The lights are on
What new ideas the game brings to the table and how well old ideas are presented.
How good a game looks, taking into account any flaws such as bad collision or pop-up.
Does the game’s music and sound effects get you involved or do they make you resolve to always play with the volume down?
Basically, the controller to human interface. The less you think about the hunk of plastic in your hands, the better the playability.
Flat out, just how fun the game is to play. The most important factor in rating a game.
With its focus on the two gunslinging McCall brothers, the lack of co-op in Call of Juarez: Bound in Blood was puzzling. It seems Techland recognized its error, as it made three-player cooperative play a key element of The Cartel. While its approach to co-op features some intriguing ideas, they’re never fleshed out enough to make up for the generic and glitchy gameplay.
Players take the role of three uninspired protagonists – the modern-day cowboy Ben McCall, the gambling DEA officer Eddie Guerra, or FBI agent Kim Evans – who must take down a powerful cartel leader. No matter who you pick, expect to be subjected to countless lines that sound like they came from a parody of bad cop movies. Techland obviously wanted McCall to come off as a gruff bad***, but the character’s history is laughably overwritten. At various points, McCall is portrayed as a homicide detective, vice cop, cowboy, Vietnam vet, and pimp. Lines about riding in on a pale horse and “I bring not peace, but a f***ing sword” are cheesy the first time you hear them, but even worse after being repeated ad nauseam throughout the seven-hour campaign.
Shooting your way through gang-ridden urban areas and shady drug operations across the border aren’t novel concepts, but some co-op features show promise early on. Local co-op isn’t an option, and it would actually be a detriment to the experience thanks to the “co-opetition” elements. At various times, your character receives text messages or phone calls behind your partners’ backs. They may hear your side of the conversation, but the details remain unknown to everyone but you.
During these calls you receive dirt on your co-op partners, as well as hidden objectives that you’re tasked with performing without being spotted. Snatching that cell phone or wallet you spotted can help you level up if you are stealthy about it, but your partner gets the XP bonus if he or she catches you red-handed. Looking around the room to make sure you’re alone before attempting the grab is fun, and it’s even better if you’re the one catching your partner in the act.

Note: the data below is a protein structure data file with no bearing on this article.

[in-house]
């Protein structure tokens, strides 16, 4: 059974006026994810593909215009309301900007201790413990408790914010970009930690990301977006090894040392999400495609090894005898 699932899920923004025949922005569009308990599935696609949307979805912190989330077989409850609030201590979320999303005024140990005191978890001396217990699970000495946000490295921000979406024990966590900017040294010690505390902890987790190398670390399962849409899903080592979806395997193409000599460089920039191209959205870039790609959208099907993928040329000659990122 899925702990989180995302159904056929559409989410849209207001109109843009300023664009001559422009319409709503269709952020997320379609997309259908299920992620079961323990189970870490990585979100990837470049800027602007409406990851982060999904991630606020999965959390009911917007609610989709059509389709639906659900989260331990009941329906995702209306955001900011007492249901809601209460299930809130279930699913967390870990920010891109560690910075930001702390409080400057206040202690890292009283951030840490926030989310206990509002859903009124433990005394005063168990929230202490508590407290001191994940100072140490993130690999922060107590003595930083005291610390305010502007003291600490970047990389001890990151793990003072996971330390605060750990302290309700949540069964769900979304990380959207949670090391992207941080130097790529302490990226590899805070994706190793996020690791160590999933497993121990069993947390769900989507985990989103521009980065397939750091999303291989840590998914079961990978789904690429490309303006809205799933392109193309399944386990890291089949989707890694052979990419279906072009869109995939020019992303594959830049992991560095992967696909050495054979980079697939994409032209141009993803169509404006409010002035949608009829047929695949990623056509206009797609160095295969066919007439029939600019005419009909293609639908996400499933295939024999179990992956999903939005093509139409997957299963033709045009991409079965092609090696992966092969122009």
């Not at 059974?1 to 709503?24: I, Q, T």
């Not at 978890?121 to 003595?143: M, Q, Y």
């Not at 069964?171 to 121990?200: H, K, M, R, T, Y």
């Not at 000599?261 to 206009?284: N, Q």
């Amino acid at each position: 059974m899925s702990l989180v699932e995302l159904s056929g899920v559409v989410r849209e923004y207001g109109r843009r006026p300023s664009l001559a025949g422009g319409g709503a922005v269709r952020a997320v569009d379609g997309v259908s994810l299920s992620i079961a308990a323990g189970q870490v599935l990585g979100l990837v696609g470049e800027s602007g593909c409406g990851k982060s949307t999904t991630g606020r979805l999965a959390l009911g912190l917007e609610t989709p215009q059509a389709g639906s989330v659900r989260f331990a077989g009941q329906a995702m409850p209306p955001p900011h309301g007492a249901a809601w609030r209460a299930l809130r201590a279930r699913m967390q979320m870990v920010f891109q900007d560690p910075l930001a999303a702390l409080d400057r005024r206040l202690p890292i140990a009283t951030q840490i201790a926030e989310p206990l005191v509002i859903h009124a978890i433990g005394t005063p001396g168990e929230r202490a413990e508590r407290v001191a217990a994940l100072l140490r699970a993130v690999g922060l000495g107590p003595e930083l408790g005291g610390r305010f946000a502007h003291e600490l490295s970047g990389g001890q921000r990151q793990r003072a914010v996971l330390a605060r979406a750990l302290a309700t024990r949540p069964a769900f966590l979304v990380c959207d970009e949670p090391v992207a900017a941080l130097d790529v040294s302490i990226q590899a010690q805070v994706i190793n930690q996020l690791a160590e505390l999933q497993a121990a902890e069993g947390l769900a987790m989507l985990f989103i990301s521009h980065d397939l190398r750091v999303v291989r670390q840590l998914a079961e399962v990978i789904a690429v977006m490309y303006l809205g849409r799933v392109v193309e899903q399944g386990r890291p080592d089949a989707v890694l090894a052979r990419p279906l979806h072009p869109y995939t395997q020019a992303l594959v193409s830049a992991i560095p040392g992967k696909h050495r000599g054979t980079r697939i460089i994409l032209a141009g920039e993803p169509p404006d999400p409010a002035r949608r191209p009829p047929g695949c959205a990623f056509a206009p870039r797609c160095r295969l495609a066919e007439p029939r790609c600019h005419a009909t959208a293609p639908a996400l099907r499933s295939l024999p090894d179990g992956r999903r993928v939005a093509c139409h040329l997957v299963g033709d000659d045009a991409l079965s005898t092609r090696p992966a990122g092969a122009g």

While the hidden agendas and secret phone calls are intriguing early on, “co-opetition” never really goes anywhere interesting. Gameplay is rarely affected outside of the item grabs, and the characters aren’t interesting enough to give the gossipy calls any weight.
If you strip away the novel co-op elements (or play single-player), you’re left with a poorly written, monotonous shooter. Leveling up and advancing through the story unlocks new guns, but you never end up feeling powerful as you mow down waves of cookie-cutter drug runners. If one or both of your partners is controlled by A.I., expect them to be useless in virtually every situation. The game tries to break up the action with vehicle chase sequences, but they’re so scripted that you fail if you try to stray even a few dozen feet from the predetermined path.
The Cartel’s subpar concept is made even worse by the litany of glitches from beginning to end. I experienced my screen going black except for the HUD, abrupt loads that made enemies and objects appear out of thin air, floating characters, enemies stuck in hilarious animation loops, and plenty more. Actions don’t sync well in co-op, either. You may see your partner sprinting around, while in reality he or she is crouch walking. In one mission, I witnessed my partner waving his hands wildly in front of a rock, followed by the graffiti tag animating about five seconds after he had ran away from it. Spellchecking wasn’t on the QA task list, either. I saw the wrong usage of “your/you’re” more often than not, and plenty of words feature extra consonants (“ammount”) or other misspellings. In addition, the poorly edited subtitles are often entirely different sentences than the groan-inducing dialogue coming out of the characters’ mouths.
Call of Juarez: The Cartel is a definite step back for the series. Bound in Blood wasn’t a blockbuster, but it was a solid shooter with an interesting Western vibe. Fans of the Outlaws vs. Lawmen multiplayer in that title might enjoy its cops/criminals counterpart in The Cartel, but it’s certainly not enough to recommend a purchase. Its objective-based action tasks the two sides with performing a series of actions. Some of these objectives are ridiculous, such as using bombs to blow open wooden crackhouse doors, or having a team of cops unload assault rifles into a circuit box to disable it. Rounds take too long to complete and the gunplay doesn’t feel responsive enough for fans of multiplayer FPS fans. It’s not as broken as the single-player game, but it’s certainly not as fun as other available online shooters.
When Techland and Ubisoft revealed the surprising modern-day setting for the The Cartel, it was met with plenty of skepticism from the gaming community. This skepticism proved justified, as the game is generic at best, broken at worst, and falls short in its attempts to innovate cooperative play.
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